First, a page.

I read this poem, from The Way of Chuang Tzu by Thomas Merton, last night. It is an incredibly accurate description of the weather around these parts for the last week. We’ve had some crazy wind and storms: boats beached and capsized, trees blown down, driving rain… you name it. It is both beautifully awe-inspiring and kind of freaky all at once.
The Breath of Nature
When great Nature sighs, we hear the winds Which, noiseless in themselves, Awaken voices from other beings, Blowing on them. From every opening Loud voices sound. Have you not heard This rush of tones?
There stands the overhanging wood On the steep mountain: Old trees with holes and cracks Like snouts, maws, and ears, Like beam-sockets, like goblets, Grooves in the wood, hollows full of water: You hear mooing and roaring, whistling, Shouts of command, grumblings, Deep drones, sad flutes. One call awakens another in dialogue. Gentle winds sing timidly, Strong ones blast on without restraint. Then the wind dis down. The openings Empty out their last sound. Have you not observed how all then trembles and subsides?
Yu replied: I understand: The music of earth sings through a thousand holes. The music of man is made on flutes and instruments. What makes the music of heaven?
Master Ki said: Something is blowing on a thousand different holes. Some power stands behind all this and makes the sounds die down. What is this power?
Life. It is constantly changing yet stays the same. It provides excitement and disappointment. There are opportunities and there are challenges. People come and people go. In the end, what do you have except yourself? And the people who care about you.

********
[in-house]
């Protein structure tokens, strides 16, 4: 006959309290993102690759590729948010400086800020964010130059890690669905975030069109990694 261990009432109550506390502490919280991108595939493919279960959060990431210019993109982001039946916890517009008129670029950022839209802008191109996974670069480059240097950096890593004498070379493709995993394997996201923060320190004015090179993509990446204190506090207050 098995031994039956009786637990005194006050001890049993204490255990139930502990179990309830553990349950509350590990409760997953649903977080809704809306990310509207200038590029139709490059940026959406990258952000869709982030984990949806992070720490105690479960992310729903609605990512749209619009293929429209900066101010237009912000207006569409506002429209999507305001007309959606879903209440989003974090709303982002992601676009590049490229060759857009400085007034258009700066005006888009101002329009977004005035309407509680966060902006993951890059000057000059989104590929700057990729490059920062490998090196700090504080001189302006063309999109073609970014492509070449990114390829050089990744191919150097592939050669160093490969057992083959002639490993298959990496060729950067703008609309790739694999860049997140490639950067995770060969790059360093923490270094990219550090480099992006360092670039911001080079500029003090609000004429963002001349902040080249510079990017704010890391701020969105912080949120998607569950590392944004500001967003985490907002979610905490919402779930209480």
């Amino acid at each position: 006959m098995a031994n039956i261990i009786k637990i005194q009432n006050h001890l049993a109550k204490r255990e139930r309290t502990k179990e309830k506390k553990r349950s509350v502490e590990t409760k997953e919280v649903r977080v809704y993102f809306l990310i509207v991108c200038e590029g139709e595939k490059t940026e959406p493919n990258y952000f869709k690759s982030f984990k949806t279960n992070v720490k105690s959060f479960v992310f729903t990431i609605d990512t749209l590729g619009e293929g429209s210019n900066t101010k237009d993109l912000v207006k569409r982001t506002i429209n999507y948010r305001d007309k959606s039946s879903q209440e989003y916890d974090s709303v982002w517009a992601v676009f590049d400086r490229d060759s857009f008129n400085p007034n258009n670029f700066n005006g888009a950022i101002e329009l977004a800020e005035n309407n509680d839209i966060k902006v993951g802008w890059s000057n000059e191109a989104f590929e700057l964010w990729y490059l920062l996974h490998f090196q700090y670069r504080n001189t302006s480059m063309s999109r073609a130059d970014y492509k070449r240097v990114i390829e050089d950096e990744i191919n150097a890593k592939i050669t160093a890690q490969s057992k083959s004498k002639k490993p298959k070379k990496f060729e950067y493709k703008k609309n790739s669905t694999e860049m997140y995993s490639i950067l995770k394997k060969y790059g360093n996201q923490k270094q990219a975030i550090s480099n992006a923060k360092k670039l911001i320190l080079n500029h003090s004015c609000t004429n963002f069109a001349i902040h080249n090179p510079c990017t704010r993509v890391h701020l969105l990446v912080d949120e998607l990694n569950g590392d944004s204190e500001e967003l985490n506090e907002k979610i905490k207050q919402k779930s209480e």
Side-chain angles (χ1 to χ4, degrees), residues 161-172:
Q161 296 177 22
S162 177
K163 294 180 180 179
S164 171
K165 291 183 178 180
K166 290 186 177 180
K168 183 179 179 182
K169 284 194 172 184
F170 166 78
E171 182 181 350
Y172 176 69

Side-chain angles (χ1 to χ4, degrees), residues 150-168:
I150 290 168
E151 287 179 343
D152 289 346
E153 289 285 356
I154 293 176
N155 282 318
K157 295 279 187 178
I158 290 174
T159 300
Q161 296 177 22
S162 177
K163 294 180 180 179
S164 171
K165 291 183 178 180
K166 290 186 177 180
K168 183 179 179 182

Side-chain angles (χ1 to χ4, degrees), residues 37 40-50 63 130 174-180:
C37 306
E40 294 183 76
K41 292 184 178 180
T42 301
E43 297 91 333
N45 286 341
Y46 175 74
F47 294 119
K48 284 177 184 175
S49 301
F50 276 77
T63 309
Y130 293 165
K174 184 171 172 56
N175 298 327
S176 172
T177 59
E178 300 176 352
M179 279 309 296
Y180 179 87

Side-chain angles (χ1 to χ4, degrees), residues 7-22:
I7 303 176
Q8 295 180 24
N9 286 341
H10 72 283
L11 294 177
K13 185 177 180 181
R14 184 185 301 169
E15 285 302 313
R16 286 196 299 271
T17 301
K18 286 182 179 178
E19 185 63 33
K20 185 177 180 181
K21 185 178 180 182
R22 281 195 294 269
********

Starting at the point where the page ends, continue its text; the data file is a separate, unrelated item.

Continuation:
When you agree to be the mother of God you make no conditions, no stipulations. You flinch before neither cruel thorn nor rod. You accept the tears; you endure the tribulations.
But, my God, I didn’t know if would be like this. I didn’t ask for a child so different from others. I wanted only the ordinary bliss, to be the most mundane of mothers.
When I first saw the mystery of the Word made flesh I never thought that in his side I’d see the callous wound of Roman sword piercing my heart on the hill where he died.
How can the Word be silenced? Where has it gone? Where are the angel voices that sang at his birth? My frail heart falters. I need the light of the Son. What is this darkness over the face of the earth?
Dear God, He has come, the Word has come again. There is no terror left in silence, in clouds, in gloom. He has conquered the hate; he has overcome the pain. Where, days ago, was death lies only an empty tomb.
The secret should have come to me with his birth, when glory shone through darkness, peace through strife. For every birth follows a kind of death, and only after pain comes life.